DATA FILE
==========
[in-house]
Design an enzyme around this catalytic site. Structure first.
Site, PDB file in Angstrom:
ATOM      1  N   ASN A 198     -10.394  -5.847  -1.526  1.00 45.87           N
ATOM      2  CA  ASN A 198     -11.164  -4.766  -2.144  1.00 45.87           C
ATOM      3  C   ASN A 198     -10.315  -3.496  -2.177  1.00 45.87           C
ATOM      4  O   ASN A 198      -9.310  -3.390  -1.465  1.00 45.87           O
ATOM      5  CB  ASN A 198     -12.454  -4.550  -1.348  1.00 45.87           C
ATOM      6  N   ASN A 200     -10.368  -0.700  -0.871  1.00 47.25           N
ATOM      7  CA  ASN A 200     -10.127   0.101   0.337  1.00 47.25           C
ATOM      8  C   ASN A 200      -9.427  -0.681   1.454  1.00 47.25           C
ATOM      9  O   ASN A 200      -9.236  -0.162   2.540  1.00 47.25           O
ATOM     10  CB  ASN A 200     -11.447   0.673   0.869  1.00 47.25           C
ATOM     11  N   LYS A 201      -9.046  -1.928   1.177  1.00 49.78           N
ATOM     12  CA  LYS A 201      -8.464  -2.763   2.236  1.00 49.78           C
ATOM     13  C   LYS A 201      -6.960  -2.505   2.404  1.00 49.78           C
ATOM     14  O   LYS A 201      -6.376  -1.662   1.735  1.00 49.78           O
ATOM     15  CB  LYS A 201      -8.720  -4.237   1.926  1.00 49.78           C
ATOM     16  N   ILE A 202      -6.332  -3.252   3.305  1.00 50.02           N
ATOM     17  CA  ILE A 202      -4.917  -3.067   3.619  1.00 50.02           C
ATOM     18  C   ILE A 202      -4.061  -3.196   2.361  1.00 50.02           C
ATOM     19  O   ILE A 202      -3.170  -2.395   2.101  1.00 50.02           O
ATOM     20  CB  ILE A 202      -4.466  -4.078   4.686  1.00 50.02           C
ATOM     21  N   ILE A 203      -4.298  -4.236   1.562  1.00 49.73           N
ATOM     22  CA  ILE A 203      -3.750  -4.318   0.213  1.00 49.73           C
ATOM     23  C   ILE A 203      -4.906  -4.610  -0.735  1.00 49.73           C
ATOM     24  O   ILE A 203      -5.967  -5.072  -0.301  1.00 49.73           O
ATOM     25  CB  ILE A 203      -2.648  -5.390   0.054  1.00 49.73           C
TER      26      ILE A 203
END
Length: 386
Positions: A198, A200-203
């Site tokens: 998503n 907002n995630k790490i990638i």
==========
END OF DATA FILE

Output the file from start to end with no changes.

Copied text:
[in-house]
Design an enzyme around this catalytic site. Structure first.
Site, PDB file in Angstrom:
ATOM      1  N   ASN A 198     -10.394  -5.847  -1.526  1.00 45.87           N
ATOM      2  CA  ASN A 198     -11.164  -4.766  -2.144  1.00 45.87           C
ATOM      3  C   ASN A 198     -10.315  -3.496  -2.177  1.00 45.87           C
ATOM      4  O   ASN A 198      -9.310  -3.390  -1.465  1.00 45.87           O
ATOM      5  CB  ASN A 198     -12.454  -4.550  -1.348  1.00 45.87           C
ATOM      6  N   ASN A 200     -10.368  -0.700  -0.871  1.00 47.25           N
ATOM      7  CA  ASN A 200     -10.127   0.101   0.337  1.00 47.25           C
ATOM      8  C   ASN A 200      -9.427  -0.681   1.454  1.00 47.25           C
ATOM      9  O   ASN A 200      -9.236  -0.162   2.540  1.00 47.25           O
ATOM     10  CB  ASN A 200     -11.447   0.673   0.869  1.00 47.25           C
ATOM     11  N   LYS A 201      -9.046  -1.928   1.177  1.00 49.78           N
ATOM     12  CA  LYS A 201      -8.464  -2.763   2.236  1.00 49.78           C
ATOM     13  C   LYS A 201      -6.960  -2.505   2.404  1.00 49.78           C
ATOM     14  O   LYS A 201      -6.376  -1.662   1.735  1.00 49.78           O
ATOM     15  CB  LYS A 201      -8.720  -4.237   1.926  1.00 49.78           C
ATOM     16  N   ILE A 202      -6.332  -3.252   3.305  1.00 50.02           N
ATOM     17  CA  ILE A 202      -4.917  -3.067   3.619  1.00 50.02           C
ATOM     18  C   ILE A 202      -4.061  -3.196   2.361  1.00 50.02           C
ATOM     19  O   ILE A 202      -3.170  -2.395   2.101  1.00 50.02           O
ATOM     20  CB  ILE A 202      -4.466  -4.078   4.686  1.00 50.02           C
ATOM     21  N   ILE A 203      -4.298  -4.236   1.562  1.00 49.73           N
ATOM     22  CA  ILE A 203      -3.750  -4.318   0.213  1.00 49.73           C
ATOM     23  C   ILE A 203      -4.906  -4.610  -0.735  1.00 49.73           C
ATOM     24  O   ILE A 203      -5.967  -5.072  -0.301  1.00 49.73           O
ATOM     25  CB  ILE A 203      -2.648  -5.390   0.054  1.00 49.73           C
TER      26      ILE A 203
END
Length: 386
Positions: A198, A200-203
């Site tokens: 998503n 907002n995630k790490i990638i």